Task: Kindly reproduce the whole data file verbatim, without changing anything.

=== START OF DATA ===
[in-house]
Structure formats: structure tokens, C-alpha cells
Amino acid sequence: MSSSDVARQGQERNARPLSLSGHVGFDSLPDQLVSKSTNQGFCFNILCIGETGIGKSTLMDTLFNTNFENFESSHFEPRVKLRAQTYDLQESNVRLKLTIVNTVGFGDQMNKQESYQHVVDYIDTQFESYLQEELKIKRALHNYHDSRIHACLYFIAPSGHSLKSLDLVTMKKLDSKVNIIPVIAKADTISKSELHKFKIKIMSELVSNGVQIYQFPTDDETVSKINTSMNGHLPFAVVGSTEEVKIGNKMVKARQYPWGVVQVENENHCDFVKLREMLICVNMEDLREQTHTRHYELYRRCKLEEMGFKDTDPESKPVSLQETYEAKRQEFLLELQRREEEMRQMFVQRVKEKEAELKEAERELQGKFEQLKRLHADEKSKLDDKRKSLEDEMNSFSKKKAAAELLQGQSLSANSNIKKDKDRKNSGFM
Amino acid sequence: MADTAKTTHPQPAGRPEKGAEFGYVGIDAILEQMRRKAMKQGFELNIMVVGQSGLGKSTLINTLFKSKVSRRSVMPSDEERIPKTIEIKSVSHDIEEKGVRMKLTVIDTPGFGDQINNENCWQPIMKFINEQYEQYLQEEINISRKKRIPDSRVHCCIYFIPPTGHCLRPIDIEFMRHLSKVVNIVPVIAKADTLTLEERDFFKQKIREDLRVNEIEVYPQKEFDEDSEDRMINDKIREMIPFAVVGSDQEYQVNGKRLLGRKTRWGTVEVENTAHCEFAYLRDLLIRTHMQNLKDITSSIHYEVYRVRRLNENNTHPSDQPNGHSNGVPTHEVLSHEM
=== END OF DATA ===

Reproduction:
[in-house]
Structure formats: structure tokens, C-alpha cells
Amino acid sequence: MSSSDVARQGQERNARPLSLSGHVGFDSLPDQLVSKSTNQGFCFNILCIGETGIGKSTLMDTLFNTNFENFESSHFEPRVKLRAQTYDLQESNVRLKLTIVNTVGFGDQMNKQESYQHVVDYIDTQFESYLQEELKIKRALHNYHDSRIHACLYFIAPSGHSLKSLDLVTMKKLDSKVNIIPVIAKADTISKSELHKFKIKIMSELVSNGVQIYQFPTDDETVSKINTSMNGHLPFAVVGSTEEVKIGNKMVKARQYPWGVVQVENENHCDFVKLREMLICVNMEDLREQTHTRHYELYRRCKLEEMGFKDTDPESKPVSLQETYEAKRQEFLLELQRREEEMRQMFVQRVKEKEAELKEAERELQGKFEQLKRLHADEKSKLDDKRKSLEDEMNSFSKKKAAAELLQGQSLSANSNIKKDKDRKNSGFM
Amino acid sequence: MADTAKTTHPQPAGRPEKGAEFGYVGIDAILEQMRRKAMKQGFELNIMVVGQSGLGKSTLINTLFKSKVSRRSVMPSDEERIPKTIEIKSVSHDIEEKGVRMKLTVIDTPGFGDQINNENCWQPIMKFINEQYEQYLQEEINISRKKRIPDSRVHCCIYFIPPTGHCLRPIDIEFMRHLSKVVNIVPVIAKADTLTLEERDFFKQKIREDLRVNEIEVYPQKEFDEDSEDRMINDKIREMIPFAVVGSDQEYQVNGKRLLGRKTRWGTVEVENTAHCEFAYLRDLLIRTHMQNLKDITSSIHYEVYRVRRLNENNTHPSDQPNGHSNGVPTHEVLSHEM